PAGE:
Health officials are analyzing two different trends in coronavirus cases in Israel: those who test positive, and those who develop severe cases.
https://www.jpost.com-By MAAYAN JAFFE-HOFFMAN
Israelis walk the streets of Tel Aviv, July 6, 2021.(photo credit: MARC ISRAEL SELLEM)
Israel’s health officials must stay focused on how many Israelis will develop serious cases of COVID-19 and not on the percentage of vaccinated people who could or could not simply contract the virus, top health officials told The Jerusalem Post.
On Monday, the Health Ministry released new data that showed that the Pfizer vaccine had decreased in its effectiveness against stopping people from catching coronavirus to as low as 64%.
The news spawned hundreds of articles and posts on social media, calling into question both how Israeli health officials determined this percentage and what this information really means for the Israeli public and the world.
The ministry received so many questions about its report that on Monday it sent out a further explanation: “Vaccine efficiency means what percentage of morbidity – or hospitalizations or mortality – can be prevented by the vaccine,” the ministry said.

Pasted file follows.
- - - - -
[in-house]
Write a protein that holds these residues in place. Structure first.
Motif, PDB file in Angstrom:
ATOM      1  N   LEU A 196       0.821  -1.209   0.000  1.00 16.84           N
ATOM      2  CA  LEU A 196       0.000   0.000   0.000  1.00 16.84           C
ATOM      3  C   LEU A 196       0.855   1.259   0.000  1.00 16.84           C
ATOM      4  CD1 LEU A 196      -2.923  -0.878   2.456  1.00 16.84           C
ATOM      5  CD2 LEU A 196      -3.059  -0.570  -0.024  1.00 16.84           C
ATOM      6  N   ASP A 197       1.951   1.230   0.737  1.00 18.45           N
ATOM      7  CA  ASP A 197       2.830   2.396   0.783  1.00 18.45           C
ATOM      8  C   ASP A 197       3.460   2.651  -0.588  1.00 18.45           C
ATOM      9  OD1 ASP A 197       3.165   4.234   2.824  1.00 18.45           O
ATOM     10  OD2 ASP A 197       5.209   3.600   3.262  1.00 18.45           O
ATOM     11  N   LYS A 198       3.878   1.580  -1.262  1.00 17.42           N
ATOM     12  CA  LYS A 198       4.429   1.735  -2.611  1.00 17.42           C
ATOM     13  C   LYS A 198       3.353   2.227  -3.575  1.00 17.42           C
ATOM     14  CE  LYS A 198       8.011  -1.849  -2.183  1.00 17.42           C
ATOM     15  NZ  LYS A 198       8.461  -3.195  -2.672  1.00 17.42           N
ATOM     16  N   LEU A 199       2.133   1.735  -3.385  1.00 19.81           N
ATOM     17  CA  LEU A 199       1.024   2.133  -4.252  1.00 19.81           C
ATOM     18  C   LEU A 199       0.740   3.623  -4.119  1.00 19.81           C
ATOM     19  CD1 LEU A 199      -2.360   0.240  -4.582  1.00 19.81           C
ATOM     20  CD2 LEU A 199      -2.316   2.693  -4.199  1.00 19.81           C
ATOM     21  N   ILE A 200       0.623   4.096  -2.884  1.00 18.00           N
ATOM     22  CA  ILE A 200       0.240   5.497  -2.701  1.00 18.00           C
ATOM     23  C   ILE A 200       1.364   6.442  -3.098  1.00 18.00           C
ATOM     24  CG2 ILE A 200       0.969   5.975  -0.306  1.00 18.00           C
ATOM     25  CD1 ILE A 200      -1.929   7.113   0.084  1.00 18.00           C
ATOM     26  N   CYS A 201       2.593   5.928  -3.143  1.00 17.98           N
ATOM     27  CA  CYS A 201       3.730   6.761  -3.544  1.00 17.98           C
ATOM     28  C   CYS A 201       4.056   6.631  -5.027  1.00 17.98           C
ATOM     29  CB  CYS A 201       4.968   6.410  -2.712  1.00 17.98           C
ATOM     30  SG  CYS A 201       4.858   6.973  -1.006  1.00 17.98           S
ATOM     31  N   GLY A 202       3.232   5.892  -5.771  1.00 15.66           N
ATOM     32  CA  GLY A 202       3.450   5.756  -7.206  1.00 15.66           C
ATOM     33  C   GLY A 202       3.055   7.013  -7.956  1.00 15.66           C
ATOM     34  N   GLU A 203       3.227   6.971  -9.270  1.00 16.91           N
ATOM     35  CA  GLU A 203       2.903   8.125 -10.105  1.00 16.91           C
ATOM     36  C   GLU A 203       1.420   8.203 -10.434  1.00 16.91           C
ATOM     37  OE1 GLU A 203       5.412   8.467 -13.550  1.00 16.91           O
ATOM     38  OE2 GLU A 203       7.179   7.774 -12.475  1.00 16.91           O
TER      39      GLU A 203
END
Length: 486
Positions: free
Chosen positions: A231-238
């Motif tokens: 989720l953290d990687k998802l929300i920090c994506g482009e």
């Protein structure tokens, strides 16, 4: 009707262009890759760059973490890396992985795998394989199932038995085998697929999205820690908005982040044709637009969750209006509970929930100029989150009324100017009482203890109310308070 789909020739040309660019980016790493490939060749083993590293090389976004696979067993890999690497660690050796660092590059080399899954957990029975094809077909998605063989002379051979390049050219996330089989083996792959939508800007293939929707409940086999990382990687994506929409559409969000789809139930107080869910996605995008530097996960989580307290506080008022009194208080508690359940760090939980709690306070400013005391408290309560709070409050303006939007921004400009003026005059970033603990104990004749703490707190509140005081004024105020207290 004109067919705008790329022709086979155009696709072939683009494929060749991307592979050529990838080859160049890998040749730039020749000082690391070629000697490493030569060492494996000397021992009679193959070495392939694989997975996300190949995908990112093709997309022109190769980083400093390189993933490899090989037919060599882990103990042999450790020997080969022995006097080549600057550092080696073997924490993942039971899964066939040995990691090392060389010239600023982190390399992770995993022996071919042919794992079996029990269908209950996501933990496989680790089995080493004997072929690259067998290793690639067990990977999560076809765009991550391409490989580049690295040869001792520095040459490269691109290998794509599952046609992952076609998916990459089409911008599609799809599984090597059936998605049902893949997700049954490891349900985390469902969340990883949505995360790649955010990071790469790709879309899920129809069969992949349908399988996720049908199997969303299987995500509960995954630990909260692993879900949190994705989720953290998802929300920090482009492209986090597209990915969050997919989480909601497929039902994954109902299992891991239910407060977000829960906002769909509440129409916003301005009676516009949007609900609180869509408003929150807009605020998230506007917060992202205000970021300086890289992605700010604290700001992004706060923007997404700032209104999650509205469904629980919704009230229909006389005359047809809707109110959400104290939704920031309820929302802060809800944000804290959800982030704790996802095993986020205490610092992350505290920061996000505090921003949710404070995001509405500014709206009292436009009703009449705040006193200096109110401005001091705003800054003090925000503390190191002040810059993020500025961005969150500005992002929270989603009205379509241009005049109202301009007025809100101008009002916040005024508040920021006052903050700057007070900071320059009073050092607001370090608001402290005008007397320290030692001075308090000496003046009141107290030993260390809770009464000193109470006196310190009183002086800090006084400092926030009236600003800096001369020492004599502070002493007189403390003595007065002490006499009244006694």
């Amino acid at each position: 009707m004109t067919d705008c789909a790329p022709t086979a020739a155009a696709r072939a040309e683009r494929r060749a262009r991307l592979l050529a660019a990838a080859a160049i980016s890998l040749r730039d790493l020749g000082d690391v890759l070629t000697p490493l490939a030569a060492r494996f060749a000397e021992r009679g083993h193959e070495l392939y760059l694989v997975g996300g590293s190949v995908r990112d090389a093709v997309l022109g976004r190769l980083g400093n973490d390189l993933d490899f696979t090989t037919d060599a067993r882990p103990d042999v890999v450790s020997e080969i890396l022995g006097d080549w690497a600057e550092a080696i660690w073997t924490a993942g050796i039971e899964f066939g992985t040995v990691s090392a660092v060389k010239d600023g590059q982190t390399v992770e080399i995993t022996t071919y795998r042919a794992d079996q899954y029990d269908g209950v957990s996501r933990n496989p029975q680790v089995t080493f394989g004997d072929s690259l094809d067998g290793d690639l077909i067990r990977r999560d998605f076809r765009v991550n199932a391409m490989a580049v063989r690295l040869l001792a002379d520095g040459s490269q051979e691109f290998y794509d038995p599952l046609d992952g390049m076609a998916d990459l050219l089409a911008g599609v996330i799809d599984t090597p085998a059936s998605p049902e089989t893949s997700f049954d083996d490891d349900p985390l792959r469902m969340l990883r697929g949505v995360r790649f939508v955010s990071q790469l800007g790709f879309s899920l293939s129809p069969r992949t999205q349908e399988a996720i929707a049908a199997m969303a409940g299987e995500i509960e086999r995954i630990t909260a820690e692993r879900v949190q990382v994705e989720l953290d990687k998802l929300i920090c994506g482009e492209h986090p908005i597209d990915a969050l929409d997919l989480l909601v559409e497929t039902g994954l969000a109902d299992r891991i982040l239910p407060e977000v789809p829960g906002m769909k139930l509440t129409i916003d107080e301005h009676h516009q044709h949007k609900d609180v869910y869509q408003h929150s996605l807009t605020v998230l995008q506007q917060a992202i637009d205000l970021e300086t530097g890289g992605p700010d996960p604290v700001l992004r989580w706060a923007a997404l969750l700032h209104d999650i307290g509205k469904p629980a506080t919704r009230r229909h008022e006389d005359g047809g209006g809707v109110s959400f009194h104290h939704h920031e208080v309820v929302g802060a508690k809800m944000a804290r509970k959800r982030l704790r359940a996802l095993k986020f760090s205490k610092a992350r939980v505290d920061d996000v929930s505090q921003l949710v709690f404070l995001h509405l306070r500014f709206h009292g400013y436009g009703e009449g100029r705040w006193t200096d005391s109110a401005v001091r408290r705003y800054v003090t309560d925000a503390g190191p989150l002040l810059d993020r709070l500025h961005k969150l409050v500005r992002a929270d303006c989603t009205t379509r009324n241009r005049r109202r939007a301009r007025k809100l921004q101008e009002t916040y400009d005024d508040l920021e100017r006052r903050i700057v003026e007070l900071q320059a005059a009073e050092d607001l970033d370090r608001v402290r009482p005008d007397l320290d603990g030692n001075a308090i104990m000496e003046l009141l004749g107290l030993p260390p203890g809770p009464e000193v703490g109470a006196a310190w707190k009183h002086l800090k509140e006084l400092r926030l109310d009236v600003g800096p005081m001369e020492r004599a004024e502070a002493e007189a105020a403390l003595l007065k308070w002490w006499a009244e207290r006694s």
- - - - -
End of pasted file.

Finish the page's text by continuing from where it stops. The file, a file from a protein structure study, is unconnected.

When a vaccine is 100% effective, there will be no cases of disease among the vaccinated. When a vaccine is not effective at all (0%), the morbidity rate will be the same among those who are vaccinated and unvaccinated.
The ministry analyzed the data using a statistical model that compares the number of infections among vaccinated versus unvaccinated in a given period, while accounting for external but influential factors, such as age of infection and week of outbreak.
But some health officials, such as Sheba Medical Center’s Infectious Disease Epidemiology Unit Director Dr. Gili Regev-Yochay, have said that the “64% is not that relevant.”
That’s because there are two curves. On one is the number of people who test positive for coronavirus. On the second is the number of people who develop severe cases of COVID-19 – only this number threatens to increase mortality and break the hospital system.
“Obviously we don’t want people testing positive for coronavirus in Israel,” said Dr. Arnon Shahar, head of the COVID-19 Medical Task Force for Maccabi Healthcare Services. “But what we really don’t want is the number of severe cases to go up. We want to separate these two curves as much as we can.”
So far, Israel is seeing two separate curves. While on Tuesday some 500 people were diagnosed as positive – the highest number of new patients Israel has seen since March 26 – the number of serious cases stood at 38.